It’s tempting to clip long-haired pets to keep them cool but experts say it doesn't benefit your furry friend.
The thought of having a thick fur coat in 35 °C heat might make you break out in a sweat, but in fact your pets’ fur helps keep them cool.
“A pet’s coat is like insulation for a house,” explains veterinarian Dr Louise Murray, author of Vet Confidential: An Insider’s Guide To Protecting Your Pet’s Health. “Insulation stops your home from getting too cold in winter but it also keeps it from overheating in summer – and your pet’s coat does the same thing.”
Shaving your pet can interfere with this built-in temperature regulation. Cats in particular are good at regulating their body temperature and “really get no benefit from being shaved”, veterinarian Mark Stickney says.
Cats are good at getting rid of extra body heat, he explains, and because they’re almost always more mobile than dogs they can simply move to a shadier spot when temperatures rise. Regular brushing and thorough blow-drying after bathing prevent matting and makes for a happy cat with a sleek coat.
Some dogs’ coats have several layers which are essential for their comfort in the heat. Depriving your dog of this natural cooling system can lead to discomfort and overheating.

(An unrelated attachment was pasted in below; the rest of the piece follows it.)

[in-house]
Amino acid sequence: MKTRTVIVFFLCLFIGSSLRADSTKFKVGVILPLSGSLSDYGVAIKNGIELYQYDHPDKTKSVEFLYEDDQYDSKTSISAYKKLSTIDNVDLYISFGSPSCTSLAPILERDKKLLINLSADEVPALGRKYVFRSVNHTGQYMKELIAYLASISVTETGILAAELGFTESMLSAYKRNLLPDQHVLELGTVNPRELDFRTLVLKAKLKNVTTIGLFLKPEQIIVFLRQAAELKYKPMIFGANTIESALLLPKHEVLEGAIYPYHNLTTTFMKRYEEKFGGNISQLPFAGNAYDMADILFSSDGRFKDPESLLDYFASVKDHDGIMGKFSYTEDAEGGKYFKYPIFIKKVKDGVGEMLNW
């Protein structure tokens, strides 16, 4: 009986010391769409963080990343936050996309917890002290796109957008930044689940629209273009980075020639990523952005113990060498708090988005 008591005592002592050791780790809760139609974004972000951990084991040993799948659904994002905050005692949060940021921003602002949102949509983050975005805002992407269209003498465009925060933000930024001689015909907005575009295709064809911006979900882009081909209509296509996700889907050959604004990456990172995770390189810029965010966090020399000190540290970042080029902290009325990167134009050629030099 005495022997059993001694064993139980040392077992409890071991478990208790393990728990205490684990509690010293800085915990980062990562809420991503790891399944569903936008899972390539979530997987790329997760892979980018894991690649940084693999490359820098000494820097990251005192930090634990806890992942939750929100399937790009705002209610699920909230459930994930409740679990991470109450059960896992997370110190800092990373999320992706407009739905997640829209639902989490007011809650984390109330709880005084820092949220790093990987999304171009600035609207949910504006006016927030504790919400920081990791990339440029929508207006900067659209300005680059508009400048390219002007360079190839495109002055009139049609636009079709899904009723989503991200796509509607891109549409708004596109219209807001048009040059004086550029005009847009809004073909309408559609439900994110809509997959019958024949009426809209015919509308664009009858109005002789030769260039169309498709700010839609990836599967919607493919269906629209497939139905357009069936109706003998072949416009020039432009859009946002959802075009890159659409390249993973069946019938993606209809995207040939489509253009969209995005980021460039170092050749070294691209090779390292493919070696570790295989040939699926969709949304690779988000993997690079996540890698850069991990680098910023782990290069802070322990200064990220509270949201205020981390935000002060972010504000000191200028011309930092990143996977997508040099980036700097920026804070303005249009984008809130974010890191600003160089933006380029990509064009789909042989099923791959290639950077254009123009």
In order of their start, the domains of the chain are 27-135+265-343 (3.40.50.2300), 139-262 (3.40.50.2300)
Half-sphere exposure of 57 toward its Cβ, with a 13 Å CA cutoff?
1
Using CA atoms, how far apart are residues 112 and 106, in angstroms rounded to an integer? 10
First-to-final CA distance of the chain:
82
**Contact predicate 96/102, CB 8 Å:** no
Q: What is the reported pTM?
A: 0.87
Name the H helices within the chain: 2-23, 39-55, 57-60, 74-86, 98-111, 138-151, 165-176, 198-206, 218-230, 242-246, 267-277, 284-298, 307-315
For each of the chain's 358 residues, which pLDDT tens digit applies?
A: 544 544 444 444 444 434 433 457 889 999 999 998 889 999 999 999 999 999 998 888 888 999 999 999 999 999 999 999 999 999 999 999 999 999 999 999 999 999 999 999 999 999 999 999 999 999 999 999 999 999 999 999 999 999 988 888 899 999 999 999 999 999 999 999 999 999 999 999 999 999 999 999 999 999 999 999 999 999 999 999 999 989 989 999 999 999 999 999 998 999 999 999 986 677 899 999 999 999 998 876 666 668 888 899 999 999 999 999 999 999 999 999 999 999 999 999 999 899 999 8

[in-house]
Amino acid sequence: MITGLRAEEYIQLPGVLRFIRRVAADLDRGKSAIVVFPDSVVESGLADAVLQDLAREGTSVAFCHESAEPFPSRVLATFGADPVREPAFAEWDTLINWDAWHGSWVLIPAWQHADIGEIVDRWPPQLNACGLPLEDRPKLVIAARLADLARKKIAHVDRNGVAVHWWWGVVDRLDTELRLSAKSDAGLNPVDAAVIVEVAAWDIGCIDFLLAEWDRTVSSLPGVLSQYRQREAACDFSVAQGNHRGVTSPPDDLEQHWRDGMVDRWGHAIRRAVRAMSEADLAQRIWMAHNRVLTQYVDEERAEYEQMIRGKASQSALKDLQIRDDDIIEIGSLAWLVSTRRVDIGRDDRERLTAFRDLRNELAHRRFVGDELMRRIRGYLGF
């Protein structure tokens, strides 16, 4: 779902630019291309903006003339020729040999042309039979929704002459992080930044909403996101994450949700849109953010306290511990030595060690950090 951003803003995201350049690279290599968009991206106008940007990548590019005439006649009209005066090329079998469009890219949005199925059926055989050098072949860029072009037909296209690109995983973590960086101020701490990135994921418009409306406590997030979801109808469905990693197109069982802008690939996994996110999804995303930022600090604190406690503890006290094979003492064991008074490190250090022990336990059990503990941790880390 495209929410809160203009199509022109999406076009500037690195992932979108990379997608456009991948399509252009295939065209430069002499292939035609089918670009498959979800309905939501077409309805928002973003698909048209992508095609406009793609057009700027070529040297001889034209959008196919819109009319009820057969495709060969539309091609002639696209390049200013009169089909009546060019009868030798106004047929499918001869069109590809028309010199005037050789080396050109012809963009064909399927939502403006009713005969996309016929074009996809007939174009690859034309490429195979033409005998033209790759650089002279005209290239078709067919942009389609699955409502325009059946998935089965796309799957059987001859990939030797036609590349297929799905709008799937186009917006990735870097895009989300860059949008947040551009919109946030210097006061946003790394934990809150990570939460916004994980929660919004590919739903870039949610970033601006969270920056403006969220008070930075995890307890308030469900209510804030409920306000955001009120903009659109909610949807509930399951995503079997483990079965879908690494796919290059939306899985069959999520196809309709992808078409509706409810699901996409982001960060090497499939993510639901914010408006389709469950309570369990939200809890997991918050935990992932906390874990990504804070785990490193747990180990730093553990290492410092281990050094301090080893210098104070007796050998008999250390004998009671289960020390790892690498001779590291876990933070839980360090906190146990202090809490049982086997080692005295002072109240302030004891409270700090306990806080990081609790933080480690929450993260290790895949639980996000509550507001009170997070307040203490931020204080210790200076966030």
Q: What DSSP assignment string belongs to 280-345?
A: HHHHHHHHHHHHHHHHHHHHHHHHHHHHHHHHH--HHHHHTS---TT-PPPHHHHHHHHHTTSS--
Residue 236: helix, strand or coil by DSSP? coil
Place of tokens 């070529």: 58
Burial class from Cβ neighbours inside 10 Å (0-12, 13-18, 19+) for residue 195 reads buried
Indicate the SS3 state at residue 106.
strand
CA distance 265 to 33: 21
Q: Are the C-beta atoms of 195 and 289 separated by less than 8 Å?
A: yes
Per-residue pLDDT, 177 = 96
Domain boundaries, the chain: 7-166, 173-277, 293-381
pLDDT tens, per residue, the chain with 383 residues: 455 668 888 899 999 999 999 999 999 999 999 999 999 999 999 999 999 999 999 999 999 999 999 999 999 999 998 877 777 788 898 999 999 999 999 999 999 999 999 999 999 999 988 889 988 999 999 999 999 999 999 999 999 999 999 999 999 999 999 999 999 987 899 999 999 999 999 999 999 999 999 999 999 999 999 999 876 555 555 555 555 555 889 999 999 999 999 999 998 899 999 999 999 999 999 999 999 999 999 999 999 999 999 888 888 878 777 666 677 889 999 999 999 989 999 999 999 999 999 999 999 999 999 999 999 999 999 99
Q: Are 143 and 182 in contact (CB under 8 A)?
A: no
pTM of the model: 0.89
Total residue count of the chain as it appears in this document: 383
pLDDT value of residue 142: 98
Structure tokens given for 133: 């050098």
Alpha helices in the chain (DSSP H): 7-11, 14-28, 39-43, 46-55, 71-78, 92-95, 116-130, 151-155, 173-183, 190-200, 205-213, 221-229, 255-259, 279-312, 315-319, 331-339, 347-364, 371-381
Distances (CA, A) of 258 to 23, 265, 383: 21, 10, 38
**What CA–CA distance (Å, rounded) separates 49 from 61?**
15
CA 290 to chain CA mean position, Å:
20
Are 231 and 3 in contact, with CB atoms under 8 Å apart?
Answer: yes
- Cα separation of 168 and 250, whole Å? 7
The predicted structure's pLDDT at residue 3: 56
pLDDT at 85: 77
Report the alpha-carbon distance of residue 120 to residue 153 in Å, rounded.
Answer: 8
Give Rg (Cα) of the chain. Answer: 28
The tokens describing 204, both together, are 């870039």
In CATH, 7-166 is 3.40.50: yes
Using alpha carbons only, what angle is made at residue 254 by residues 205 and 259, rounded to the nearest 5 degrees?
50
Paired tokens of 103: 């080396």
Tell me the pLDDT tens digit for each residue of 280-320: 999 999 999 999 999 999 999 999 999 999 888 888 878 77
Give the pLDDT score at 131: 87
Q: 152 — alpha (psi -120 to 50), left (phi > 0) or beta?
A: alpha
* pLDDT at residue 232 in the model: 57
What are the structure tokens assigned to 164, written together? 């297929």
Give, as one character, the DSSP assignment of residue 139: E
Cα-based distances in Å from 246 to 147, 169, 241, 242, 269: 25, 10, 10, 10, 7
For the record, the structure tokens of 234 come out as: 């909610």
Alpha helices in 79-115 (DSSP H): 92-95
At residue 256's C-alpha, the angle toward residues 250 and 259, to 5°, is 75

Your dog’s coat prevents it from getting sunburn and protects it from skin cancer. Dog with thick coats, such as huskies, are particularly vulnerable. A close shave can leave guard hair (the long, course outer hair that protects the underfur) embedded under the skin. “
New hair won’t grow until these ends fall out, causing irregular growth and often resulting in skin problems,” says Linda Easton, an internationally accredited master groomer. As with kitties, regular brushing removes any loose undercoat and prevents matting, leaving your dog’s long coat in tip-top condition.
SOURCES: PETS.THENEST.COM, WWW.THEDAILYCAT.COM, WWW.PETMD.COM, ANIMALWELLNESSMAGAZINE